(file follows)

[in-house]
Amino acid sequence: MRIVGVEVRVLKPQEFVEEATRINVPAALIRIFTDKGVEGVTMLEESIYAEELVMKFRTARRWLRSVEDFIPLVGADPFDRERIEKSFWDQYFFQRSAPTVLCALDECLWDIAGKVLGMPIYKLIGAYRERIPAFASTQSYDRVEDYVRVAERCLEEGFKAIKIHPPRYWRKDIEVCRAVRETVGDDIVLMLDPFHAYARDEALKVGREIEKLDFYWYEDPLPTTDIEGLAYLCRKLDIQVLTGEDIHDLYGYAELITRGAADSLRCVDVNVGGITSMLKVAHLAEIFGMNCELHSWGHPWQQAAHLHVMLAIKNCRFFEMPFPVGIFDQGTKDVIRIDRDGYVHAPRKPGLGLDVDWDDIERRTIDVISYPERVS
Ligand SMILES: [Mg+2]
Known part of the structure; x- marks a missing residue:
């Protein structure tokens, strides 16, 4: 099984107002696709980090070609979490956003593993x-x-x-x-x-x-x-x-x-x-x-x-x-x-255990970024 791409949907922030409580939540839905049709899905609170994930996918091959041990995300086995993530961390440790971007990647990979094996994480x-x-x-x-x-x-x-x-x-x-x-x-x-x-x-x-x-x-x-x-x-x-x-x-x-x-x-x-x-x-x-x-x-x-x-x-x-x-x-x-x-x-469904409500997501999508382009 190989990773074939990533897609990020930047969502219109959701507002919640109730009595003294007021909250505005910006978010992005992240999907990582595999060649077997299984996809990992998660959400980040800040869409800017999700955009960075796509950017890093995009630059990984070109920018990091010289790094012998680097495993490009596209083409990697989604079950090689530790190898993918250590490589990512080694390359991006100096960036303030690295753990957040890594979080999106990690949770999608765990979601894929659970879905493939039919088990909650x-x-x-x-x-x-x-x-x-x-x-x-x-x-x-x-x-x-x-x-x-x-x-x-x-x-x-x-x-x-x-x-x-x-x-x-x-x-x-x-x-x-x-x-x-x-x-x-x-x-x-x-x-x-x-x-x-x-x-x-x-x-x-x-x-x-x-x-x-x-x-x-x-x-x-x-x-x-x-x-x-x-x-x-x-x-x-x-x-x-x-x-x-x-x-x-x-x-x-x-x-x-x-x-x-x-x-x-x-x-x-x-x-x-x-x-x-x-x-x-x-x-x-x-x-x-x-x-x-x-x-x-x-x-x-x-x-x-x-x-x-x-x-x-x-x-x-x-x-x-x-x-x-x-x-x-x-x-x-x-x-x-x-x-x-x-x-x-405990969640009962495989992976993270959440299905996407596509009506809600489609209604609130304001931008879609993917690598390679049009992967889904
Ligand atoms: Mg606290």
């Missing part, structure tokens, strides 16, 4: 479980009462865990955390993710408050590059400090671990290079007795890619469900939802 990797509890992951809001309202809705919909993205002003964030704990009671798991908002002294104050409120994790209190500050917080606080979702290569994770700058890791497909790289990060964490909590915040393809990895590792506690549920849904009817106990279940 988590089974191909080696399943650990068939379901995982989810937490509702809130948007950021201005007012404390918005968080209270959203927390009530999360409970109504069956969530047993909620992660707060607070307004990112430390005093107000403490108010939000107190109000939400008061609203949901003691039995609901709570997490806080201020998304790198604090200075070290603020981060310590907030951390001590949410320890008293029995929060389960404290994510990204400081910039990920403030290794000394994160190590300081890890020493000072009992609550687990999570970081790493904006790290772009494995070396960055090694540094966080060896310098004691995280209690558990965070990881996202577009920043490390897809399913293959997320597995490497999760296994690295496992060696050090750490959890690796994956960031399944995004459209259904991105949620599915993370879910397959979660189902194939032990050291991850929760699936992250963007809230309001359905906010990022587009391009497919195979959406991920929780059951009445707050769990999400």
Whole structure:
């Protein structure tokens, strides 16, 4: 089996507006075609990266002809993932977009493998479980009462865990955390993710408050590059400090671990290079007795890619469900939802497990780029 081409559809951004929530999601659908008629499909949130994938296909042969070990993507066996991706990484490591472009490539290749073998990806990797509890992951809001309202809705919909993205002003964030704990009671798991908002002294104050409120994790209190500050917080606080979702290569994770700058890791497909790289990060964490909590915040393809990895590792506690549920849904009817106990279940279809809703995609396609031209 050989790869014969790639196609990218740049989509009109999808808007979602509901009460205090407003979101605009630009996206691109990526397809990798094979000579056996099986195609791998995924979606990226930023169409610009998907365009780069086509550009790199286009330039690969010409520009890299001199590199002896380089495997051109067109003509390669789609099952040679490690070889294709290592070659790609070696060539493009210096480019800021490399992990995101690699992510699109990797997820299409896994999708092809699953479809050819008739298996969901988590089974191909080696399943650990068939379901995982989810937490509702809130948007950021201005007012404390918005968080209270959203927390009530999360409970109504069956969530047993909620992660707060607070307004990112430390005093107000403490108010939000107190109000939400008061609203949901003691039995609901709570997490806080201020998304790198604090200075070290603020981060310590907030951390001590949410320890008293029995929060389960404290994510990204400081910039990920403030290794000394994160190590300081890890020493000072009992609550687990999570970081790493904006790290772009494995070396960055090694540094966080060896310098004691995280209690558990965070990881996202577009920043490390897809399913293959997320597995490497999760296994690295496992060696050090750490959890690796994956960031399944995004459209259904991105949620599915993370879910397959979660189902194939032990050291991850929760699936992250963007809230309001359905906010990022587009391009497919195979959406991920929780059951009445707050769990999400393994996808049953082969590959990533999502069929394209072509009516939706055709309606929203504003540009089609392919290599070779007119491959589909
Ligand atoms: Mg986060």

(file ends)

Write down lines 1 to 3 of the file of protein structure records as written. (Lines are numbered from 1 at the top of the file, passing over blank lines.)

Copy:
[in-house]
Amino acid sequence: MRIVGVEVRVLKPQEFVEEATRINVPAALIRIFTDKGVEGVTMLEESIYAEELVMKFRTARRWLRSVEDFIPLVGADPFDRERIEKSFWDQYFFQRSAPTVLCALDECLWDIAGKVLGMPIYKLIGAYRERIPAFASTQSYDRVEDYVRVAERCLEEGFKAIKIHPPRYWRKDIEVCRAVRETVGDDIVLMLDPFHAYARDEALKVGREIEKLDFYWYEDPLPTTDIEGLAYLCRKLDIQVLTGEDIHDLYGYAELITRGAADSLRCVDVNVGGITSMLKVAHLAEIFGMNCELHSWGHPWQQAAHLHVMLAIKNCRFFEMPFPVGIFDQGTKDVIRIDRDGYVHAPRKPGLGLDVDWDDIERRTIDVISYPERVS
Ligand SMILES: [Mg+2]